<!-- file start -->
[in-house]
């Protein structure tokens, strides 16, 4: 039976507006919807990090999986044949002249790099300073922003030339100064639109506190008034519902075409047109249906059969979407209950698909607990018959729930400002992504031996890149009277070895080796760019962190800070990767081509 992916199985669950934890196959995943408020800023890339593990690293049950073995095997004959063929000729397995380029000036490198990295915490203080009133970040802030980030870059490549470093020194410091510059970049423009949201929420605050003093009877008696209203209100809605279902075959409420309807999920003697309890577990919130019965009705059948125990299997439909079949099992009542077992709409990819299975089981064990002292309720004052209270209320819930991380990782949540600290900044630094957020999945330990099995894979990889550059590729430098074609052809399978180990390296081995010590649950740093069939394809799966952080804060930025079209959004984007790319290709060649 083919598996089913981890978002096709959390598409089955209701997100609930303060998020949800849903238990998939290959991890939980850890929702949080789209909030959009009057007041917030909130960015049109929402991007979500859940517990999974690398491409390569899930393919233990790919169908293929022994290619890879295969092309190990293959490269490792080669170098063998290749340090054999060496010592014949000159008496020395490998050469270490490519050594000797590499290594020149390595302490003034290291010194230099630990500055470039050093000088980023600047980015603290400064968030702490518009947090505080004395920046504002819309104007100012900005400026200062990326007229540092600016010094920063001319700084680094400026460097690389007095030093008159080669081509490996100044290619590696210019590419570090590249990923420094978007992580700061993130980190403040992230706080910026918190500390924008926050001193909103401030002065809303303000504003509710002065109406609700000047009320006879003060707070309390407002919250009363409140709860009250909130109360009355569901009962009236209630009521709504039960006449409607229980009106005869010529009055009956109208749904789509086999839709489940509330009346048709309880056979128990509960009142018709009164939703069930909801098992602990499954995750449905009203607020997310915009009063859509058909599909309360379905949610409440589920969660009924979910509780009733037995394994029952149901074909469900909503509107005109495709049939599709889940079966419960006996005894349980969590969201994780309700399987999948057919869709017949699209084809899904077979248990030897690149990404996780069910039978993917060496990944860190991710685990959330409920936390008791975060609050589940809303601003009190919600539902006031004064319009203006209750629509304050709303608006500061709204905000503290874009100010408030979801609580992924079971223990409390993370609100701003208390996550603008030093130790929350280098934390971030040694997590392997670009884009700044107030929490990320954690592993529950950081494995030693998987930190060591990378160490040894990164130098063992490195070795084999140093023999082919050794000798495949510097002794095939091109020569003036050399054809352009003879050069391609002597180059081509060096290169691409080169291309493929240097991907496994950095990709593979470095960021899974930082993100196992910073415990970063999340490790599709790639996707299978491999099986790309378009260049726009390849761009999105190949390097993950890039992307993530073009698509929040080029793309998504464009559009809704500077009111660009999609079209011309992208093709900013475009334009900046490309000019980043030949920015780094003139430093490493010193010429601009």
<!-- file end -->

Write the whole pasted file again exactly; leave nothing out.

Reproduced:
[in-house]
């Protein structure tokens, strides 16, 4: 039976507006919807990090999986044949002249790099300073922003030339100064639109506190008034519902075409047109249906059969979407209950698909607990018959729930400002992504031996890149009277070895080796760019962190800070990767081509 992916199985669950934890196959995943408020800023890339593990690293049950073995095997004959063929000729397995380029000036490198990295915490203080009133970040802030980030870059490549470093020194410091510059970049423009949201929420605050003093009877008696209203209100809605279902075959409420309807999920003697309890577990919130019965009705059948125990299997439909079949099992009542077992709409990819299975089981064990002292309720004052209270209320819930991380990782949540600290900044630094957020999945330990099995894979990889550059590729430098074609052809399978180990390296081995010590649950740093069939394809799966952080804060930025079209959004984007790319290709060649 083919598996089913981890978002096709959390598409089955209701997100609930303060998020949800849903238990998939290959991890939980850890929702949080789209909030959009009057007041917030909130960015049109929402991007979500859940517990999974690398491409390569899930393919233990790919169908293929022994290619890879295969092309190990293959490269490792080669170098063998290749340090054999060496010592014949000159008496020395490998050469270490490519050594000797590499290594020149390595302490003034290291010194230099630990500055470039050093000088980023600047980015603290400064968030702490518009947090505080004395920046504002819309104007100012900005400026200062990326007229540092600016010094920063001319700084680094400026460097690389007095030093008159080669081509490996100044290619590696210019590419570090590249990923420094978007992580700061993130980190403040992230706080910026918190500390924008926050001193909103401030002065809303303000504003509710002065109406609700000047009320006879003060707070309390407002919250009363409140709860009250909130109360009355569901009962009236209630009521709504039960006449409607229980009106005869010529009055009956109208749904789509086999839709489940509330009346048709309880056979128990509960009142018709009164939703069930909801098992602990499954995750449905009203607020997310915009009063859509058909599909309360379905949610409440589920969660009924979910509780009733037995394994029952149901074909469900909503509107005109495709049939599709889940079966419960006996005894349980969590969201994780309700399987999948057919869709017949699209084809899904077979248990030897690149990404996780069910039978993917060496990944860190991710685990959330409920936390008791975060609050589940809303601003009190919600539902006031004064319009203006209750629509304050709303608006500061709204905000503290874009100010408030979801609580992924079971223990409390993370609100701003208390996550603008030093130790929350280098934390971030040694997590392997670009884009700044107030929490990320954690592993529950950081494995030693998987930190060591990378160490040894990164130098063992490195070795084999140093023999082919050794000798495949510097002794095939091109020569003036050399054809352009003879050069391609002597180059081509060096290169691409080169291309493929240097991907496994950095990709593979470095960021899974930082993100196992910073415990970063999340490790599709790639996707299978491999099986790309378009260049726009390849761009999105190949390097993950890039992307993530073009698509929040080029793309998504464009559009809704500077009111660009999609079209011309992208093709900013475009334009900046490309000019980043030949920015780094003139430093490493010193010429601009």